Many Routes to Carnegie: Interharmony International Music Festival Side-by-Side Artist Showcase
PR Log - Mar 08, 2013 - How do you get to Carnegie Hall? Practice, practice, practice. Yes. Yes. Yes. But sometimes an airplane would help. As in the case of 13-year-old pianist Miu Ishikawa who is jetting to New York from Tokyo to perform as part of “Side-by-Side Artist Showcase” at Carnegie’s Weill Recital Hall, March 21 at 8pm. The event is a first of its kind.
Produced by InterHarmony International Music Festival, which was founded and directed by cellist Misha Quint, the evening showcases the most gloriously talented students who have participated in the prestigious 12-year-old festival, which takes place in three different European cities each summer. Each festival concludes with an Artist Showcase joining the professional musicians with the best of the participating students.
The March 21 concert also joins acclaimed professional musicians with the best of the budding young artists. Seasoned pianist Svetlana Gorokhovich will accompany both 10-year-old Noelle Midori Naito in Antonio Bazzini’s “The Dance of the Goblins” and her 12-year-old brother violinist Kenneth Naito in Manuel de Falla-Kreisler’s “Danse Espagnole.” She will also accompany 18-year- old cellist Chris Beroes-Hagis as he performs Tchaikovsky’s “Nocturne for Cello and Piano, Op. 19, No. 4.” Miu Ishikawa will perform Franz Liszt’s “Ricordanza” from his “Transcendental Etudes.”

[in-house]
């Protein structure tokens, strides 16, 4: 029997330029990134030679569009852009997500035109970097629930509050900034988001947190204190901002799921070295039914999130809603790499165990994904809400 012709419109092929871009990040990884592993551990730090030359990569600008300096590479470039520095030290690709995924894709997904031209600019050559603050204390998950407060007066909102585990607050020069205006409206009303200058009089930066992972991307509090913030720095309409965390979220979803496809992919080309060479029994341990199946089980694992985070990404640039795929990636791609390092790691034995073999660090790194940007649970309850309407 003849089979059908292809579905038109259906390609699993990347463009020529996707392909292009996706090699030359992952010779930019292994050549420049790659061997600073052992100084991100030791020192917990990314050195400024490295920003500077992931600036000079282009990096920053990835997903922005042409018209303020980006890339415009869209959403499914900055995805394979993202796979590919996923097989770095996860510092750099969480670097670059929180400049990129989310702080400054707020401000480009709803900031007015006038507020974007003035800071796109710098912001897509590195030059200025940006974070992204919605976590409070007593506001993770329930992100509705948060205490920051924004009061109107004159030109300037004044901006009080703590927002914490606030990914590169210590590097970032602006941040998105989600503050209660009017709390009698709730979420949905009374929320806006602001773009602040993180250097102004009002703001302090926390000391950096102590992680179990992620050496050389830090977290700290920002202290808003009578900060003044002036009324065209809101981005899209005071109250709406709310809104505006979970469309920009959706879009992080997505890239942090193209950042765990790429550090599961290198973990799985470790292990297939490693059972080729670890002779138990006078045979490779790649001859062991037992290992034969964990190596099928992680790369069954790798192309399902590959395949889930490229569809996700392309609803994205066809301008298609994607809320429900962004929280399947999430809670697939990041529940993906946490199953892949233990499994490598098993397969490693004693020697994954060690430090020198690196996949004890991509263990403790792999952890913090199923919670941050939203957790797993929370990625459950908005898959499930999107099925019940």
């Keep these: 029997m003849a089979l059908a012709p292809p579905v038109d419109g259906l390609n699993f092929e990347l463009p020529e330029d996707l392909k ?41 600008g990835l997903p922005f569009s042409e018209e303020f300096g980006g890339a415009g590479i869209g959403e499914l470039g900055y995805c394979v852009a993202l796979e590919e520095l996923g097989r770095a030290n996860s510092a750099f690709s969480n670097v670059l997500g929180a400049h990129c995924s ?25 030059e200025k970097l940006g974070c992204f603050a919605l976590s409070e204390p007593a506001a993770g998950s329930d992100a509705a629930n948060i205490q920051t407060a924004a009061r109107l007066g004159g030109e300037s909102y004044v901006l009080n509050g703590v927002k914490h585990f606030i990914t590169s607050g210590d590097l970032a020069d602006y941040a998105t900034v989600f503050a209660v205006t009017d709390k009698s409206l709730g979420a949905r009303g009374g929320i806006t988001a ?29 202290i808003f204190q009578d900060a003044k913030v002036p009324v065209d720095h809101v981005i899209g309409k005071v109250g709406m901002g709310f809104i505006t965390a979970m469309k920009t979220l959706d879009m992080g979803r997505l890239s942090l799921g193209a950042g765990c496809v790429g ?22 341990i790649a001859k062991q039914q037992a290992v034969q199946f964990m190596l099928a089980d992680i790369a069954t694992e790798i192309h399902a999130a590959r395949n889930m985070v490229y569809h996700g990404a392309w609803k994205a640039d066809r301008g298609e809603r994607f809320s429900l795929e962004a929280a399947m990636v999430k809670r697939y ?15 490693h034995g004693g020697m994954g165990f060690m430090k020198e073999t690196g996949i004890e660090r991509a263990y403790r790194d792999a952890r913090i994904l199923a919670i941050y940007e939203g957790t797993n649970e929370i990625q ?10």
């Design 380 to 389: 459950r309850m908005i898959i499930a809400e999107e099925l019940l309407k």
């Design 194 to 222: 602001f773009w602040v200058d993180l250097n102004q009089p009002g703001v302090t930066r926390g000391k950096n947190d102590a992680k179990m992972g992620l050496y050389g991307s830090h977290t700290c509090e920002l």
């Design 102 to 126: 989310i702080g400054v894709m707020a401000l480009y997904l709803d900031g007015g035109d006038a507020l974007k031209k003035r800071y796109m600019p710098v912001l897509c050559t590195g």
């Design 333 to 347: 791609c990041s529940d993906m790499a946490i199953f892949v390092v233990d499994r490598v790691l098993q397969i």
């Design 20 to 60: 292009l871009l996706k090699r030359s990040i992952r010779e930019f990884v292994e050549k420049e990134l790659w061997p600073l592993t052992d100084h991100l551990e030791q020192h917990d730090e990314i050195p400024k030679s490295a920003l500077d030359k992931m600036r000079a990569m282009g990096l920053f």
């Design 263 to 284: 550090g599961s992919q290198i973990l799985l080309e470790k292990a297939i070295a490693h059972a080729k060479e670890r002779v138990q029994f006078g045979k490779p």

The Prelude from Johann Sebastian Bach’s “Unaccompanied Cello Suite, No. 3 in C Major” will be played by 14-year-old Hastings-on-Hudson native, Luming Chan. Virginia native, 17-year-old violinist Ànnika Jenkins will play Franz Waxman’s “Carmen Fantasie” and 26-year-old violinist Bora Jeong will perform Maurice Ravel’s “Tzigane.”
The second half of the program includes Chopin’s “Nocturne, No. 4 in F Major, Op. 15” and Toru Takemitsu’s “Rain Tree Sketch,” works played by pianist Etsuko Terada. The evening concludes with a “Side-by-Side” of Tchaikovsky’s lyrically complex “Souvenir de Florence, Op. 70,” one of the composer’s last pieces, performed by violinists Andrzej Grabiec and Bora Jeong, violists Marylène
Gingras-Roy and Matthew Pickart, and cellists Misha Quint and Caitlin Quinn McConnell. McConnell, Jeong and Pickart are former students at the Festival.
WHERE TO GO
Tickets for the March 21 performance are $35, and can be purchased by calling CarnegieCharge at 212-247-7800; at the Carnegie Hall box office located at West 57th and Seventh Avenue or online at www.carnegiehall.org.